Campus Box 1173
One Brookings Drive
St. Louis, MO 63130-489
My work is concerned with collective memory and identity. I have particular interests in how these issues play out in Russia , the Republic of Georgia , and Estonia , but my research is also motivated by a broader set of concerns about the nature of collective memory in general. In previous writings I have drawn on the ideas of L.S. Vygotsky, M.M. Bakhtin, and others in order to examine problems of language and thought from a sociocultural perspective.
I am currently working on several projects in the South Caucasus , especially the Republic of Georgia . This includes collaborating with colleagues on efforts to understand the emergence of civil society, and democracy in this region. Of particular interest for me is how schools and other institutions are harnessed to create and maintain official collective memory.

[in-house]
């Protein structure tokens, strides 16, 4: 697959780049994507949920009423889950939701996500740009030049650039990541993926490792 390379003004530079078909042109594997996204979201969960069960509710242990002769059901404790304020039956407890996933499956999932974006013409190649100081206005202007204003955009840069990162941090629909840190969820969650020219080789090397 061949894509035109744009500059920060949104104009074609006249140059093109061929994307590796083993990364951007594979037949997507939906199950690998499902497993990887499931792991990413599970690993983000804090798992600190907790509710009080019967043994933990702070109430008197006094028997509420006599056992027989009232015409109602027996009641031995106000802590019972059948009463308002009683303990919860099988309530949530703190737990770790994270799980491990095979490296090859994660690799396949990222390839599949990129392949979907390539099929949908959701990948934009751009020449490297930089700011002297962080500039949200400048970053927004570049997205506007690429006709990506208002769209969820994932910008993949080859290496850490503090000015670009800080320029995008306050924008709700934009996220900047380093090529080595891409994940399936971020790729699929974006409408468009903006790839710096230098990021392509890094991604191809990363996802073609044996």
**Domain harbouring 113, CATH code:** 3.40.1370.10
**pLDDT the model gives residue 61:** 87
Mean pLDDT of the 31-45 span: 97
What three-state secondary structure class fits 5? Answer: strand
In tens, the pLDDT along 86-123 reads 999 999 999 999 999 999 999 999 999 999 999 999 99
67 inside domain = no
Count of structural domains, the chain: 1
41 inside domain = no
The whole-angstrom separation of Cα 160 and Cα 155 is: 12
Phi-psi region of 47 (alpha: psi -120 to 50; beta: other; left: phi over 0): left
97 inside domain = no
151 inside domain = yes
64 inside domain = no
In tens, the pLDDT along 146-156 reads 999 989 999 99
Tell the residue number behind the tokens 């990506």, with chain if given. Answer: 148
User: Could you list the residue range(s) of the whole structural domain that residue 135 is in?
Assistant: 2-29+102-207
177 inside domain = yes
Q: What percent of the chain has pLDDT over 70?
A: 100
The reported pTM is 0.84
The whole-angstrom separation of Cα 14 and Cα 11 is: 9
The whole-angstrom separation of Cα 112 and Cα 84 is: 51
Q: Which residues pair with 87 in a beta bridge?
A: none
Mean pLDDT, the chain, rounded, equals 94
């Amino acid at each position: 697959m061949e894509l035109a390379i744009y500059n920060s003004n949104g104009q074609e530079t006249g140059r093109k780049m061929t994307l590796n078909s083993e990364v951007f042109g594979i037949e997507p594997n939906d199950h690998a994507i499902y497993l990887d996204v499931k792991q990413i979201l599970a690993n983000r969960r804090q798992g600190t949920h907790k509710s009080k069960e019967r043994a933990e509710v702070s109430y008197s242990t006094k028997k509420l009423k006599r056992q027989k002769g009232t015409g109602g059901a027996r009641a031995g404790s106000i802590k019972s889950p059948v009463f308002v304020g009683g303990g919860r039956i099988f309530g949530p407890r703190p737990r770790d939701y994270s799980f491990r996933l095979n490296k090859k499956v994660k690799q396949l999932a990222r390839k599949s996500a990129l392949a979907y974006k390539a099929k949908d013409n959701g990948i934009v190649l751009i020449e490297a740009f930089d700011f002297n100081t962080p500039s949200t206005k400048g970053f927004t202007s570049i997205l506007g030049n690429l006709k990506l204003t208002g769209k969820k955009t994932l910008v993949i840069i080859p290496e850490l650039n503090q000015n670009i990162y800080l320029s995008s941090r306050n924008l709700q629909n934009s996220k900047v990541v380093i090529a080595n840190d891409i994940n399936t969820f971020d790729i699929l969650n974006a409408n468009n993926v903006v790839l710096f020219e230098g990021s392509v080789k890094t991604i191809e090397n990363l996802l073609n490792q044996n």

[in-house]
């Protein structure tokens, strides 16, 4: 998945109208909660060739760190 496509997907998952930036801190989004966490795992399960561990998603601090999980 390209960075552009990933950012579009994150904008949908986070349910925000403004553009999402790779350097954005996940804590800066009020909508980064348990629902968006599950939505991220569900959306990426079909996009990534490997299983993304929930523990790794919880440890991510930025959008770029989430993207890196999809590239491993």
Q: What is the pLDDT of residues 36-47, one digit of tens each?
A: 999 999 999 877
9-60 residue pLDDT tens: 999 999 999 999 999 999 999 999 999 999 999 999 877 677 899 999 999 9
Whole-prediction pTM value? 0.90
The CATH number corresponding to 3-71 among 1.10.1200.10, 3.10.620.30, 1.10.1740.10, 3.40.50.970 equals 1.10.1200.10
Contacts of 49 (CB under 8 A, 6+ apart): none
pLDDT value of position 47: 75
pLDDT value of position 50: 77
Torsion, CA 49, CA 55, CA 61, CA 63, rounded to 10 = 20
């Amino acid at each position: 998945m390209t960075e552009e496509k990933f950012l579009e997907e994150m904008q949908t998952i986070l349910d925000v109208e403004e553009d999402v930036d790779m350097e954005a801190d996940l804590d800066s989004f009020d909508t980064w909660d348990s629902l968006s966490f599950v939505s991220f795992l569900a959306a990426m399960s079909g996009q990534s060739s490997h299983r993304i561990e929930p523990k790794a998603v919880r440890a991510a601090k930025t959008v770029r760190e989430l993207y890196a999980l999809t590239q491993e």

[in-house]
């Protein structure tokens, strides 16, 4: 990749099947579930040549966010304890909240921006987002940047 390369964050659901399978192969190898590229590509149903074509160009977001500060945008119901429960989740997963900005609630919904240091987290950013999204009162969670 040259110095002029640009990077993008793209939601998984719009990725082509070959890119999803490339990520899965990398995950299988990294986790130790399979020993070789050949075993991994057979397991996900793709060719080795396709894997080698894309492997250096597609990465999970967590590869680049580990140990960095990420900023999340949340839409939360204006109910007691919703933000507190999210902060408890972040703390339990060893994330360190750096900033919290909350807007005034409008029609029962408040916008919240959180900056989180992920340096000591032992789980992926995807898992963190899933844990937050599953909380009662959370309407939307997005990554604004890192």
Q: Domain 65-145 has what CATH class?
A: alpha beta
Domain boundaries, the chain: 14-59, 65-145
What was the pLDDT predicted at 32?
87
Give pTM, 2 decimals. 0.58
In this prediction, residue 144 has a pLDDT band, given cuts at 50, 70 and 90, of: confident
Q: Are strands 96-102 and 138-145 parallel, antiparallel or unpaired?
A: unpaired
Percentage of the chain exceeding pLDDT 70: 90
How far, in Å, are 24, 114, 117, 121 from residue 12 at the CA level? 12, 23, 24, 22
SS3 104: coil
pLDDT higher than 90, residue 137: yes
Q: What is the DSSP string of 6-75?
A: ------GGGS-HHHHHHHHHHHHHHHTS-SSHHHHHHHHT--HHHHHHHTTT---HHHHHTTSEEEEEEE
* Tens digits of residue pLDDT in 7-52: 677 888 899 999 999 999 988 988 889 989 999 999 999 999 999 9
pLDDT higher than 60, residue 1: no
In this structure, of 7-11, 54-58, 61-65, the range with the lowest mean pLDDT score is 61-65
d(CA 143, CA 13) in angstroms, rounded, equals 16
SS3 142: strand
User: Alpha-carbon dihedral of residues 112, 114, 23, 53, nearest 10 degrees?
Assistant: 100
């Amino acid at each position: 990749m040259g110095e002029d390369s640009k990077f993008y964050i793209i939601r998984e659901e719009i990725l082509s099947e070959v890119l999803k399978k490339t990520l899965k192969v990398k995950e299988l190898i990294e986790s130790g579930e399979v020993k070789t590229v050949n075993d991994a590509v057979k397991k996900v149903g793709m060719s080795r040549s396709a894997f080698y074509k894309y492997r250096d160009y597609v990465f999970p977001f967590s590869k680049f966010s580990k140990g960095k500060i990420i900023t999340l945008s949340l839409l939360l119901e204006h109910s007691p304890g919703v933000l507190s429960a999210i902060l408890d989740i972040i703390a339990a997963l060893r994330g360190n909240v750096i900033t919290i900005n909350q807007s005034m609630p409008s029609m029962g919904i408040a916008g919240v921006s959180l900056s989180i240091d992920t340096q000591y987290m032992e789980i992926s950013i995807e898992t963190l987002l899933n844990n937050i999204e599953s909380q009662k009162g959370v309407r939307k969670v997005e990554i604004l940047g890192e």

Where is the Caucasus? Pulitzer Center on Crisis Reporting. May 16, 2013.
Forgetting Bin Laden: Why facts don’t always change history. Foreign Affairs, September 19, 2012. http://www.foreignaffairs.com/articles/138126/james-v-wertsch/forgetting-bin-laden
Collective memory. In P. Boyer & J.V. Wertsch, eds., Memory in mind and culture. Cambridge: Cambridge University Press, 2009, pp.117-137.
Spinning the past: Russian and Georgian accounts of the war of August 2008. (J.V. Wertsch & Z. Karumidze). Memory Studies, vol.2, no.3, September 2009, pp.377-392.
A clash of deep memories. Profession 2008. New York: Modern Language Association, 2008, pp.46-53.
Voices of Collective Remembering. Cambridge: Cambridge University Press, 2002.
Narratives as cultural tools in sociocultural analysis: Official history in Soviet and post-Soviet Russia. Ethos 2001: 511-533.
Introduction to Memory Studies (L80 221)
Text Memory and Identity (L97 343)
History and Memory (L12 4109)